FTSE 100 firms hit female board representation target

Emma Walmsley, chief executive of GSK. Photo: Fang Zhe/Xinhua News Agency/PA Images

FTSE 100 companies have met their target to have a third of all board positions occupied by women almost one year early, but more needs to be done to increase female representation in senior leadership and executive roles.

Business secretary Andrea Leadsom welcomed the “fantastic work” of the Hampton-Alexander Review and the organisations that met the target, but said women in some careers still face barriers to progression. For example, only 15% of finance directors in FTSE 100 organisations are female.

In 2016, the government-commissioned Hampton-Alexander Review set the UK’s biggest organisations a voluntary target of having 33% of their board-level roles occupied by women by the end of 2020.

FTSE 250 organisations, however, were still some way from achieving the target. Women currently represent just 29.5% of board positions in these firms, according to the Department for Business, Energy and Industrial Strategy.

CEO of the Hampton-Alexander Review, Denise Wilson, said: “Half of all available appointments to FTSE 350 leadership roles need to go to women in 2020, not only to meet the 33% voluntary target, but to ensure UK business fully benefits from diverse perspectives and is availing itself of the whole talent pool.”

Leadsom said: “It’s clear that women continue to face barriers to success, whether that’s through promotion to key roles or how they are treated by colleagues.

“Businesses must do more to tackle these issues and we will support them in doing so, including through our world leading reforms to workplace rights.”

BEIS hoped that the measures in the forthcoming Employment Bill, such as enhanced protections from maternity and pregnancy discrimination, will better support women in the workplace.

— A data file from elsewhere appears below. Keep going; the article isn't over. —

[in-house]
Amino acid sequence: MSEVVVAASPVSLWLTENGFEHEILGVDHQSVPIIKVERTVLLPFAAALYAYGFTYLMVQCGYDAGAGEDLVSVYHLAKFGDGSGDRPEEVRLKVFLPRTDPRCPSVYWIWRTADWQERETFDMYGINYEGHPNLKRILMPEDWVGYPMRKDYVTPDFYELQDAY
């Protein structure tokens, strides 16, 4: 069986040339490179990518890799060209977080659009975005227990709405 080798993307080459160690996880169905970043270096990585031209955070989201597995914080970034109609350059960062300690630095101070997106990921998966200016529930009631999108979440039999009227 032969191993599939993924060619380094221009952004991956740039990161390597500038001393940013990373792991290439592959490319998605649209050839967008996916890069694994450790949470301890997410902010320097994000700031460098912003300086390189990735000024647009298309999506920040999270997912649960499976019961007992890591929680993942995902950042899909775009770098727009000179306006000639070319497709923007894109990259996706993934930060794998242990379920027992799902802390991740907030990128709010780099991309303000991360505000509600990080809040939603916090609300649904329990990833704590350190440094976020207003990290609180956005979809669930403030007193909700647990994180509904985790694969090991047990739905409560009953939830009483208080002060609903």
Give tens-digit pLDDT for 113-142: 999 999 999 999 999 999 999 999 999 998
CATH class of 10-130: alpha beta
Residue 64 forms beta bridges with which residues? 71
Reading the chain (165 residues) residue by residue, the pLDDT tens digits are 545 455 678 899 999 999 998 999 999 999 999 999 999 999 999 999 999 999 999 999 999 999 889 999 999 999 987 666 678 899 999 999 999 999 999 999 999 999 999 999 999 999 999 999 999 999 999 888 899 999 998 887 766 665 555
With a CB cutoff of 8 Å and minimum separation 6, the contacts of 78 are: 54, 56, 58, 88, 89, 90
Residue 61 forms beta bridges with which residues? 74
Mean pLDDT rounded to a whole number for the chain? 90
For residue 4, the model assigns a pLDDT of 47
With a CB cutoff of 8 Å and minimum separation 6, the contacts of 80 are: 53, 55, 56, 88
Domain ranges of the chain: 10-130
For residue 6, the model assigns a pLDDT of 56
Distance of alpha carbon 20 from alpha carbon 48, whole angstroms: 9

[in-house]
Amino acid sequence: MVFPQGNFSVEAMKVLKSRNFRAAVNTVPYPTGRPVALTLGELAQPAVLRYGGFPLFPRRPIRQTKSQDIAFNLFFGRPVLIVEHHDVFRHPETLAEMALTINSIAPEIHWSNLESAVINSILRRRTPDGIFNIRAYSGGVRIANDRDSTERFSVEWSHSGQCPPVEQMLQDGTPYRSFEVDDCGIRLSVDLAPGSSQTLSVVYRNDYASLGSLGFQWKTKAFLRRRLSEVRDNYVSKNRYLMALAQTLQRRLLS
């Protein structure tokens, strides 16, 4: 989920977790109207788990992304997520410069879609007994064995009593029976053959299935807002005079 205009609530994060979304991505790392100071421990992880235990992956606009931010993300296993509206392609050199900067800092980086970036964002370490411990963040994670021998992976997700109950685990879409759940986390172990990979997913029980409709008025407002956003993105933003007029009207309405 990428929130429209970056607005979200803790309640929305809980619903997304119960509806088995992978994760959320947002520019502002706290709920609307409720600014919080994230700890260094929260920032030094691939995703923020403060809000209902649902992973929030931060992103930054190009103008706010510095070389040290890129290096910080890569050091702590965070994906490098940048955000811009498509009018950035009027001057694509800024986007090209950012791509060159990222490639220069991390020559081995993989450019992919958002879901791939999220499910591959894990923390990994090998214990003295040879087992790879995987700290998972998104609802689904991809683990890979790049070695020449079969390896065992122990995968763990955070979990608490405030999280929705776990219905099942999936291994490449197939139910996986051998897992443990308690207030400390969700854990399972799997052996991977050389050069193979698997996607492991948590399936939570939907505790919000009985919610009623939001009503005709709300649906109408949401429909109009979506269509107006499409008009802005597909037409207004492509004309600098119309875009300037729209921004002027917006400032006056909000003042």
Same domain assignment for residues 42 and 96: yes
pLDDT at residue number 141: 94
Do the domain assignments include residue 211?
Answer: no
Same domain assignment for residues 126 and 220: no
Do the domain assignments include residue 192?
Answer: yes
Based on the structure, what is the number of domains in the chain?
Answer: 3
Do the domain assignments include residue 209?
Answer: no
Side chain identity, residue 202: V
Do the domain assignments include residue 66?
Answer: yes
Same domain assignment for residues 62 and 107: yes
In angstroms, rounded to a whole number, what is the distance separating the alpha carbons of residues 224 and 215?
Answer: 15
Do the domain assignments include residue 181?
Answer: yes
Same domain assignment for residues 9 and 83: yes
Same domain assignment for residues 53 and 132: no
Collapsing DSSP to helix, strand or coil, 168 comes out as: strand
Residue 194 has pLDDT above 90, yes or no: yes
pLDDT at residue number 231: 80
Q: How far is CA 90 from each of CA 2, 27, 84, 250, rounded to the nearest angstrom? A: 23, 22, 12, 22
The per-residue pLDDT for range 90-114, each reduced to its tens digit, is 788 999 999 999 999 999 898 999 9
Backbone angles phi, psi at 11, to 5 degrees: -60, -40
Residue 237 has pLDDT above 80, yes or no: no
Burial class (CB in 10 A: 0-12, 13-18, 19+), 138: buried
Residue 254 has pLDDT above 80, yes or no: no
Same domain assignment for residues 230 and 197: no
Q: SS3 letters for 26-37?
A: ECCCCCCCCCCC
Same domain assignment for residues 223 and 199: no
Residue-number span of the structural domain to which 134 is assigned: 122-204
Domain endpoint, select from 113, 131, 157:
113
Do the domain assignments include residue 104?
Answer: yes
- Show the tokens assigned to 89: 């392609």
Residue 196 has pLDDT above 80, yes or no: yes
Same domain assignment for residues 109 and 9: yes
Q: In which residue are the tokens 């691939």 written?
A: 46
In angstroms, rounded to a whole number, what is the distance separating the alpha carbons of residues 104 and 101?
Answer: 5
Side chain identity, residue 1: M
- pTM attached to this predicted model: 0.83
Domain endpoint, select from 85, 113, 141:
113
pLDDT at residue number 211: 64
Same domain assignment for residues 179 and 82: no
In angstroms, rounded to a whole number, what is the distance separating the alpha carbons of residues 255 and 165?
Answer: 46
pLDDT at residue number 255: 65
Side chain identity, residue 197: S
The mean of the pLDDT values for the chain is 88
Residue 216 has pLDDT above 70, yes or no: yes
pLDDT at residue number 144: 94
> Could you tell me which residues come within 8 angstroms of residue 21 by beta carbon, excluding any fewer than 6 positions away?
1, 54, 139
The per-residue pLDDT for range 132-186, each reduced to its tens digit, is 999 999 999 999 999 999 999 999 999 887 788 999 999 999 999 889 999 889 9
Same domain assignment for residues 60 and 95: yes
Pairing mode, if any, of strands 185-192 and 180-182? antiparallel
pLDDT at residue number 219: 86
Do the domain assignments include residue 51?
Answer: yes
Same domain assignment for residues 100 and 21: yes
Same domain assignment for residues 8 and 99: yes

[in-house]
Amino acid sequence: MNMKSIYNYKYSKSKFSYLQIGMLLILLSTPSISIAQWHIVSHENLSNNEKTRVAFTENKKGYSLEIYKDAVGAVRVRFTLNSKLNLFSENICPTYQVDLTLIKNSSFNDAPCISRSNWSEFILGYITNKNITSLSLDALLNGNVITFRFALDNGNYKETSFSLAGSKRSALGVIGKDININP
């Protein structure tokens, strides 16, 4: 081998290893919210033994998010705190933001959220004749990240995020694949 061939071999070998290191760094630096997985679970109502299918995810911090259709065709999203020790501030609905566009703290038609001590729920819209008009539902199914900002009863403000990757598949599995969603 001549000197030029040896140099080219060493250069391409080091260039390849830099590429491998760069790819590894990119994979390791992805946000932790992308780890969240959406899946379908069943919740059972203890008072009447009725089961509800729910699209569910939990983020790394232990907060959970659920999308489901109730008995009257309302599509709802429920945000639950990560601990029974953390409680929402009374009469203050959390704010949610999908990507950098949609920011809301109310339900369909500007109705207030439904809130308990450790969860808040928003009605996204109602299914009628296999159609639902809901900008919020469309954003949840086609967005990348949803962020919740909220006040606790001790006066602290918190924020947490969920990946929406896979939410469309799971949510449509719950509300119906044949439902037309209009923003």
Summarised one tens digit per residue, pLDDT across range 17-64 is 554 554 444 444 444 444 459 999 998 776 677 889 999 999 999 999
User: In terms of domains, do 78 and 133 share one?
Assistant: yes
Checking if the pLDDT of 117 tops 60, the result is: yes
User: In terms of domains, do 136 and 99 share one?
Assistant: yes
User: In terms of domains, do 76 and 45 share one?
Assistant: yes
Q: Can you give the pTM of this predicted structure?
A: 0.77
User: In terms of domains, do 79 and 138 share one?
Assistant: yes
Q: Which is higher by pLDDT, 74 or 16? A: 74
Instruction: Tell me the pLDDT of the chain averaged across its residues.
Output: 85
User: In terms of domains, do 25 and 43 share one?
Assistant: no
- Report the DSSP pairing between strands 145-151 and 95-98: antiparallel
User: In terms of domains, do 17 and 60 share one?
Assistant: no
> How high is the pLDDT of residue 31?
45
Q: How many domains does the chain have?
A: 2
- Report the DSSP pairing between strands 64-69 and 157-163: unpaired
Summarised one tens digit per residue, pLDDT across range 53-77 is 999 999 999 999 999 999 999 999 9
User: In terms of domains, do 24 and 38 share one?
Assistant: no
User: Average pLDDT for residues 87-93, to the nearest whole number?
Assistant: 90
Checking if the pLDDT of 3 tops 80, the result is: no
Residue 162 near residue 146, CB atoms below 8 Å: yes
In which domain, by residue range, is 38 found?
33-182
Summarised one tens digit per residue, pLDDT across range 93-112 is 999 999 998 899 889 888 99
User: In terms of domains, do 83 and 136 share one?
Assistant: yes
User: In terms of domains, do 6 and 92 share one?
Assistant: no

The majority of HR director roles in FTSE 100 firms were taken by women (66%). Female representation was also high in company secretary positions (40%); general counsel and company secretary roles (37%); and general counsel roles (29%).

Just 28.6% of FTSE 100 leadership roles are held by women. In the FTSE 250, this proportion is 27.9%.

Thirty organisations in the FTSE 350 still have only one woman on their board (74 in 2018) and 44 firms have all-male executive committees.

Meanwhile, research by King’s College in London found that female senior leaders continued to face “micro-aggressions” and “incivility” from colleagues.

Its survey of almost 350 men and women at board or executive committee level revealed 33% of women had experienced a colleague making disrespectful or insulting remarks about them, compared to 13% of men; 23% had been shouted or sworn at (16% of men); 34% had been ignored or given the “silent treatment” (23% of men); and 39% had been the target of angry outbursts or “temper tantrums” (23% of men).

Professor Rosie Campbell, director of the Global Institute for Women Leadership at King’s College London, said:“Where there are hostile workplace cultures, we simply can’t ask women to lean in and try harder to reach leadership positions.

“Instead we need to ensure undermining behaviour is called out, not rewarded, and build an inclusive environment that embraces diverse leaders and allows everyone to thrive and give their best work.”

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